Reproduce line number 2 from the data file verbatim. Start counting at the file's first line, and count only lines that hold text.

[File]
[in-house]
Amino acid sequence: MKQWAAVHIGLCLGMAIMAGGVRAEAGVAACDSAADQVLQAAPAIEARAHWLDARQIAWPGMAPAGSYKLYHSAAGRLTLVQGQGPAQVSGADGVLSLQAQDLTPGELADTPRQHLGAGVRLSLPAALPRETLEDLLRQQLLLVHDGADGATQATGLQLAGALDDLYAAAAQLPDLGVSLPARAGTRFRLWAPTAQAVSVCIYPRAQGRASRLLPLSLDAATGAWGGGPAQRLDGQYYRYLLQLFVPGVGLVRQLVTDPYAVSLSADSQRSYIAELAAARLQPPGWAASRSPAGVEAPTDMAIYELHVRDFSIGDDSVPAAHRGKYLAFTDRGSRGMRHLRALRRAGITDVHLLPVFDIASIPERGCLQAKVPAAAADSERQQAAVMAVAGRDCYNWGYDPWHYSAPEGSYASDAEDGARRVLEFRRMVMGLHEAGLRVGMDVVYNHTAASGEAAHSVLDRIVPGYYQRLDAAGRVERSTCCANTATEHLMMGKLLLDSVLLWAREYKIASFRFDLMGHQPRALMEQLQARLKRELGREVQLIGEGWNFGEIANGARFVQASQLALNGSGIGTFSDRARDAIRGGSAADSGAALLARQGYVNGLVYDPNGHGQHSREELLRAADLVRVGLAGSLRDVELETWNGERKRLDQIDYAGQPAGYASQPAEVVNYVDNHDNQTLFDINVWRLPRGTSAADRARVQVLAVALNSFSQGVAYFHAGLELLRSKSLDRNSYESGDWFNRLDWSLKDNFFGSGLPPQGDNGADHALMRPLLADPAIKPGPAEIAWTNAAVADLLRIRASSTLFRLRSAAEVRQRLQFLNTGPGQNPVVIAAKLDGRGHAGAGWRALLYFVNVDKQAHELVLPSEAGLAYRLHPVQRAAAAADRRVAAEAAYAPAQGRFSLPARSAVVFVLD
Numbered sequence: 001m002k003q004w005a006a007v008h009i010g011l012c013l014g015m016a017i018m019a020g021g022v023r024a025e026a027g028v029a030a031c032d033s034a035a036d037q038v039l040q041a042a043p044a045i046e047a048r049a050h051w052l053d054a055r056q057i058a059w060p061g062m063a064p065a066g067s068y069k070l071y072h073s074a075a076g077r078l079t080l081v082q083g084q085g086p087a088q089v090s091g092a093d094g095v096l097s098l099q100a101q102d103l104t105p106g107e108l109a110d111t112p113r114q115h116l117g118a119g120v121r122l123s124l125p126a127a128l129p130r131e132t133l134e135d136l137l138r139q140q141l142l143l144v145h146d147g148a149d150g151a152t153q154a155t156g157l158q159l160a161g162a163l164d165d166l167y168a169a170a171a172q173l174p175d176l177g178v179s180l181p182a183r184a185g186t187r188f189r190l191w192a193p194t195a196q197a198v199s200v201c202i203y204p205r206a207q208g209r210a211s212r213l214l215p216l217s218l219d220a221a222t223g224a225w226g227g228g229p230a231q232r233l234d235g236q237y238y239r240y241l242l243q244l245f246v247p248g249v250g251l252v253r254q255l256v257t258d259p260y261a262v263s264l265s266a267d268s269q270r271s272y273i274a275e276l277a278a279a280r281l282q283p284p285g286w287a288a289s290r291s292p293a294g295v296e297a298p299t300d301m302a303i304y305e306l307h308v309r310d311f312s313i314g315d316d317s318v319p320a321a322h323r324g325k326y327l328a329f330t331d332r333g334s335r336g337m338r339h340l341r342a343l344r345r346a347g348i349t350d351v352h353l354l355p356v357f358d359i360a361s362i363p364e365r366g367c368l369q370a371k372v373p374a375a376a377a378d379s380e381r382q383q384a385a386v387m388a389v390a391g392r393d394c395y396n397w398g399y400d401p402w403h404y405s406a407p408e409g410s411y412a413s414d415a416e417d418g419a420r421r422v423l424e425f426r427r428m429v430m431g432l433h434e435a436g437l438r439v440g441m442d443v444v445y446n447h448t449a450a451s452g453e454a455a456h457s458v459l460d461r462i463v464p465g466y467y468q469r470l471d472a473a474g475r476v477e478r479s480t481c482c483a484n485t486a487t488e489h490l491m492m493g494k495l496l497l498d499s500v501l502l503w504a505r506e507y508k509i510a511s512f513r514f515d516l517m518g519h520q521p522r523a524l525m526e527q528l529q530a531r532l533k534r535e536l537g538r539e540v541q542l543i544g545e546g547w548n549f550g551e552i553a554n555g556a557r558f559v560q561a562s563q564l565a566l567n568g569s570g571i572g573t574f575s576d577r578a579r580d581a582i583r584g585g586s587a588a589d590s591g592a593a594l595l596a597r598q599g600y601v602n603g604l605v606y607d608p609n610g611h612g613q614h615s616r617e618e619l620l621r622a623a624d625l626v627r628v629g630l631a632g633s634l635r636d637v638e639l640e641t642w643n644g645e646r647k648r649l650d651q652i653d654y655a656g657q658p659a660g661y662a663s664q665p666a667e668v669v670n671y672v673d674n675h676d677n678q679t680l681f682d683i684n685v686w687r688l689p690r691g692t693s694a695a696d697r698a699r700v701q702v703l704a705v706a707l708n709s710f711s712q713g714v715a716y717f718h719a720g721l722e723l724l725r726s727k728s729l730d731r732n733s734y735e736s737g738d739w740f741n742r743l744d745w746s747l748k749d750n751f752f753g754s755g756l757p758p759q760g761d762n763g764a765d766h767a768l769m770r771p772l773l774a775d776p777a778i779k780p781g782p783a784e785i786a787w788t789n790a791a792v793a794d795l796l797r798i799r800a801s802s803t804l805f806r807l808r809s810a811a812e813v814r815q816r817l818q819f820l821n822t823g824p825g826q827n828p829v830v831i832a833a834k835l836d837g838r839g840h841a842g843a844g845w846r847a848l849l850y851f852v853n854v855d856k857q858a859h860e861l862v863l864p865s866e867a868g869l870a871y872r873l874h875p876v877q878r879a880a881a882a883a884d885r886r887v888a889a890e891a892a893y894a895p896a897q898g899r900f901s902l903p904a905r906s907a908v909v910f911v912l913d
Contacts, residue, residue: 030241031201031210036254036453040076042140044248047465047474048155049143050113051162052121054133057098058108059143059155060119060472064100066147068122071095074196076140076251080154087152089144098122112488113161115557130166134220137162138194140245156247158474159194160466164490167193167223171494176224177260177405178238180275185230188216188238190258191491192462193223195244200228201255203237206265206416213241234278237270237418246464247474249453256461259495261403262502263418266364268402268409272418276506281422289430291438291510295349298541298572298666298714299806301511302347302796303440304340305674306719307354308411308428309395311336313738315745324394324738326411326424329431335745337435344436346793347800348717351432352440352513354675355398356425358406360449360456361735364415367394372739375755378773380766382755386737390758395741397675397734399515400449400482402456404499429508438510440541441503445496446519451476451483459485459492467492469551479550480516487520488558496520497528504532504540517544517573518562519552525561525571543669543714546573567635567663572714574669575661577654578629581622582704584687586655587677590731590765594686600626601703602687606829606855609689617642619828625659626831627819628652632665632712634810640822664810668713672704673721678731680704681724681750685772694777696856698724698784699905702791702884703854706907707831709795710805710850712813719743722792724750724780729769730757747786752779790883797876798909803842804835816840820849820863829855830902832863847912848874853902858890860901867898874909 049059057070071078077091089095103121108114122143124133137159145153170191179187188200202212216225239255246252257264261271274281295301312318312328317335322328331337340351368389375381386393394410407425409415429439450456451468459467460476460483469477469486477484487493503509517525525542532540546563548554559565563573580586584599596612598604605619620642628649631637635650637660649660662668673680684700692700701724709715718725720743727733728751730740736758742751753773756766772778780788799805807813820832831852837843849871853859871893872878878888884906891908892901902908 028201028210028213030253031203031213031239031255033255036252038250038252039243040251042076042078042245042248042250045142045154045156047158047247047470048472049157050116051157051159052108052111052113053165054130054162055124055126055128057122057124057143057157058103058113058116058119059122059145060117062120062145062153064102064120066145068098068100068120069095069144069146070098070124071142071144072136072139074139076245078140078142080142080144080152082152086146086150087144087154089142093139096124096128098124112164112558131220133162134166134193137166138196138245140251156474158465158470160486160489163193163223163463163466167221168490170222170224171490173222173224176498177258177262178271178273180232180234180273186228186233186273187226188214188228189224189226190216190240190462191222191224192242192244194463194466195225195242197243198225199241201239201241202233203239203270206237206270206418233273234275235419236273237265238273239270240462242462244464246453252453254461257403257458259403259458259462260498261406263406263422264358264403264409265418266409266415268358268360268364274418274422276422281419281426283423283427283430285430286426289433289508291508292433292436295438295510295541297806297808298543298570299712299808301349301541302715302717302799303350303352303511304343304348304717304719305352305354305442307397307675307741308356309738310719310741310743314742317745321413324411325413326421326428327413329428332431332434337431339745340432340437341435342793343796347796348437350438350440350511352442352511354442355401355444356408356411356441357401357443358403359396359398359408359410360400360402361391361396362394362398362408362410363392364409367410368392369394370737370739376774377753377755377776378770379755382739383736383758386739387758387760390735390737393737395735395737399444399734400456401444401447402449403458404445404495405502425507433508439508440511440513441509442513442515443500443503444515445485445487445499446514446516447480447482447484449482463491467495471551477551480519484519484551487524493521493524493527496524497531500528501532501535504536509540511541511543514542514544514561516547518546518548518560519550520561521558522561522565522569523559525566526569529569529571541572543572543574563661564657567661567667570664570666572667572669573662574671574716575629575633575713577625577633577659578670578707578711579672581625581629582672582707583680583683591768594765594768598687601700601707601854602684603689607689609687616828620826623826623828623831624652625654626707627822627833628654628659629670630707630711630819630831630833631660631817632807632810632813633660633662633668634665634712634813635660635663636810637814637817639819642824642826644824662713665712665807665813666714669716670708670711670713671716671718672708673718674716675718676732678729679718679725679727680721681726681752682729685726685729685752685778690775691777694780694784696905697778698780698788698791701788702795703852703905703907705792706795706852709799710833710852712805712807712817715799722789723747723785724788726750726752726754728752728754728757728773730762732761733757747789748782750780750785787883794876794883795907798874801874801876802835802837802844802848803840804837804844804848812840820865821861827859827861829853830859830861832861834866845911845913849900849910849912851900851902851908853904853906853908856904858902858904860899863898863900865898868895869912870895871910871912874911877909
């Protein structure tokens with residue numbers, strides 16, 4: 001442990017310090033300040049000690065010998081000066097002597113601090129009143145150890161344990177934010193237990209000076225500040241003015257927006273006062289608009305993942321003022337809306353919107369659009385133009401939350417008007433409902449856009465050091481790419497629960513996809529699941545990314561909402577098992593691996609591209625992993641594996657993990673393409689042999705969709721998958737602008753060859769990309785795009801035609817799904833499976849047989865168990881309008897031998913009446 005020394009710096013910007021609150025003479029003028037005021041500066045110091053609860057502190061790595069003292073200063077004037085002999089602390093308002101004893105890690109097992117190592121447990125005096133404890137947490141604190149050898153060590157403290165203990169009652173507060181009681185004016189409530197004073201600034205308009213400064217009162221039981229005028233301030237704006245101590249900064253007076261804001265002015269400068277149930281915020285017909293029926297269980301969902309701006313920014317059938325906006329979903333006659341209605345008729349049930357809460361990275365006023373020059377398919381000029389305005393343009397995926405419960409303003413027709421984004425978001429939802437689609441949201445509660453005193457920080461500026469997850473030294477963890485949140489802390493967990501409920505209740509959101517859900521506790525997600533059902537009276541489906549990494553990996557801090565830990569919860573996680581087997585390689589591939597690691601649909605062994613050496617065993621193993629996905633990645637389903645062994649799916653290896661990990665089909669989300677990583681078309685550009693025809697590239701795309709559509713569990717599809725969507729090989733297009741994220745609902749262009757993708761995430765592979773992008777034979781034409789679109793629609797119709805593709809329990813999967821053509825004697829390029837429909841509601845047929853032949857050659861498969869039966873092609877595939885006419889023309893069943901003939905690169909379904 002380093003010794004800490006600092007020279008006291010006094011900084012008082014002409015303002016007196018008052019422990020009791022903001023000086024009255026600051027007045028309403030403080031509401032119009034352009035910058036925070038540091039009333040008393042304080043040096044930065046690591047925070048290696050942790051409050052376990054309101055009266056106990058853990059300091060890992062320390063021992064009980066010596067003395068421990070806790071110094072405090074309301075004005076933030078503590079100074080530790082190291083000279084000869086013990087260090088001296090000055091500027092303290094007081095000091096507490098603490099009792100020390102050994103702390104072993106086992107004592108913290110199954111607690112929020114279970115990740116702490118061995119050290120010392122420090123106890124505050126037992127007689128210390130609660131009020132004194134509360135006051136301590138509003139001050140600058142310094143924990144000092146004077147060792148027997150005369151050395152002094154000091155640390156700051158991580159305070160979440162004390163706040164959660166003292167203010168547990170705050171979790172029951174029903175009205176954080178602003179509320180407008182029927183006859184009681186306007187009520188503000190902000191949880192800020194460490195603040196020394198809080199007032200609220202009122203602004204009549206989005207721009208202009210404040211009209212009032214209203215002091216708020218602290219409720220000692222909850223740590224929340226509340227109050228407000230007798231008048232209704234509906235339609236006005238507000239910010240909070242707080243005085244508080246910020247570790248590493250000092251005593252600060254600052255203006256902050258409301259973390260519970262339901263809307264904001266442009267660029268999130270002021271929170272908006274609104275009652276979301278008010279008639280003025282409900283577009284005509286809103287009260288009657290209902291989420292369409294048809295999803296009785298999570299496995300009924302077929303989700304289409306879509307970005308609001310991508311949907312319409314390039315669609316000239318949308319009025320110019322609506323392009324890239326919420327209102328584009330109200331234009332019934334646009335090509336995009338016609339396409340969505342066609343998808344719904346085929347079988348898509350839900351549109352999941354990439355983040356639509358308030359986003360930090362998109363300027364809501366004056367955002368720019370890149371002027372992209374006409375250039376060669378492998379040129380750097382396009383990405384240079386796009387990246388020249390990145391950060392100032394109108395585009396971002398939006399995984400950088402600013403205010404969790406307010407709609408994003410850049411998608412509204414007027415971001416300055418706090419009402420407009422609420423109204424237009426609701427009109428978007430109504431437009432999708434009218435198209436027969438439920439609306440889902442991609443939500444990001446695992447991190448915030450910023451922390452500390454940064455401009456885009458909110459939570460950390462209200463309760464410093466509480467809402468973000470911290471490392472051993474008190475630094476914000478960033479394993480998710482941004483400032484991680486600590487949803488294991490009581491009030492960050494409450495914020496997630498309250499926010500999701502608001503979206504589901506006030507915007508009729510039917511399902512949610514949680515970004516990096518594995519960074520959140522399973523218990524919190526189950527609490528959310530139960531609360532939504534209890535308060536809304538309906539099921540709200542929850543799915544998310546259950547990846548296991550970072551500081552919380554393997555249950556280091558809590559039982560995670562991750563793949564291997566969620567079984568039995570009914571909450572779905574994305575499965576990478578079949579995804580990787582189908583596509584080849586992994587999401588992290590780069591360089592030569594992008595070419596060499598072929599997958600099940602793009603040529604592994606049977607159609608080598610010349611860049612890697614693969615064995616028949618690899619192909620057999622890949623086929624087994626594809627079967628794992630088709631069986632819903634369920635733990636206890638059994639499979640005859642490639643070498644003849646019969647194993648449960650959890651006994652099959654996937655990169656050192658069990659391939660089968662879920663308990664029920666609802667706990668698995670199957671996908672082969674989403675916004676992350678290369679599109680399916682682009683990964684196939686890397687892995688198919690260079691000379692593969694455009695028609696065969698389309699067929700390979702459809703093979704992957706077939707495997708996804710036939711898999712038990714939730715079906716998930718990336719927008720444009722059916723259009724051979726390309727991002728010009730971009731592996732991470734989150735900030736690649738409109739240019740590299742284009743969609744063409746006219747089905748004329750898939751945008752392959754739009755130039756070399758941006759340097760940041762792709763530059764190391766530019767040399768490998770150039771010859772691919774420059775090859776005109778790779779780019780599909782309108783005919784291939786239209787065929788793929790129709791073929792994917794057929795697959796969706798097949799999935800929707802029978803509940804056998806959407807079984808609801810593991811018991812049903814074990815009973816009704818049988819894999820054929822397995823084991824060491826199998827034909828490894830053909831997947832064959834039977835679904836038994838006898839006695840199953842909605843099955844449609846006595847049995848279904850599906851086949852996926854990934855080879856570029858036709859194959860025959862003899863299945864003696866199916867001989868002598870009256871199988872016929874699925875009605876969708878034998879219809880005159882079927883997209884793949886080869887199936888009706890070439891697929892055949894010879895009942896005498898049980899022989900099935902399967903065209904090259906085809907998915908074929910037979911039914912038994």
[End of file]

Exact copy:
Amino acid sequence: MKQWAAVHIGLCLGMAIMAGGVRAEAGVAACDSAADQVLQAAPAIEARAHWLDARQIAWPGMAPAGSYKLYHSAAGRLTLVQGQGPAQVSGADGVLSLQAQDLTPGELADTPRQHLGAGVRLSLPAALPRETLEDLLRQQLLLVHDGADGATQATGLQLAGALDDLYAAAAQLPDLGVSLPARAGTRFRLWAPTAQAVSVCIYPRAQGRASRLLPLSLDAATGAWGGGPAQRLDGQYYRYLLQLFVPGVGLVRQLVTDPYAVSLSADSQRSYIAELAAARLQPPGWAASRSPAGVEAPTDMAIYELHVRDFSIGDDSVPAAHRGKYLAFTDRGSRGMRHLRALRRAGITDVHLLPVFDIASIPERGCLQAKVPAAAADSERQQAAVMAVAGRDCYNWGYDPWHYSAPEGSYASDAEDGARRVLEFRRMVMGLHEAGLRVGMDVVYNHTAASGEAAHSVLDRIVPGYYQRLDAAGRVERSTCCANTATEHLMMGKLLLDSVLLWAREYKIASFRFDLMGHQPRALMEQLQARLKRELGREVQLIGEGWNFGEIANGARFVQASQLALNGSGIGTFSDRARDAIRGGSAADSGAALLARQGYVNGLVYDPNGHGQHSREELLRAADLVRVGLAGSLRDVELETWNGERKRLDQIDYAGQPAGYASQPAEVVNYVDNHDNQTLFDINVWRLPRGTSAADRARVQVLAVALNSFSQGVAYFHAGLELLRSKSLDRNSYESGDWFNRLDWSLKDNFFGSGLPPQGDNGADHALMRPLLADPAIKPGPAEIAWTNAAVADLLRIRASSTLFRLRSAAEVRQRLQFLNTGPGQNPVVIAAKLDGRGHAGAGWRALLYFVNVDKQAHELVLPSEAGLAYRLHPVQRAAAAADRRVAAEAAYAPAQGRFSLPARSAVVFVLD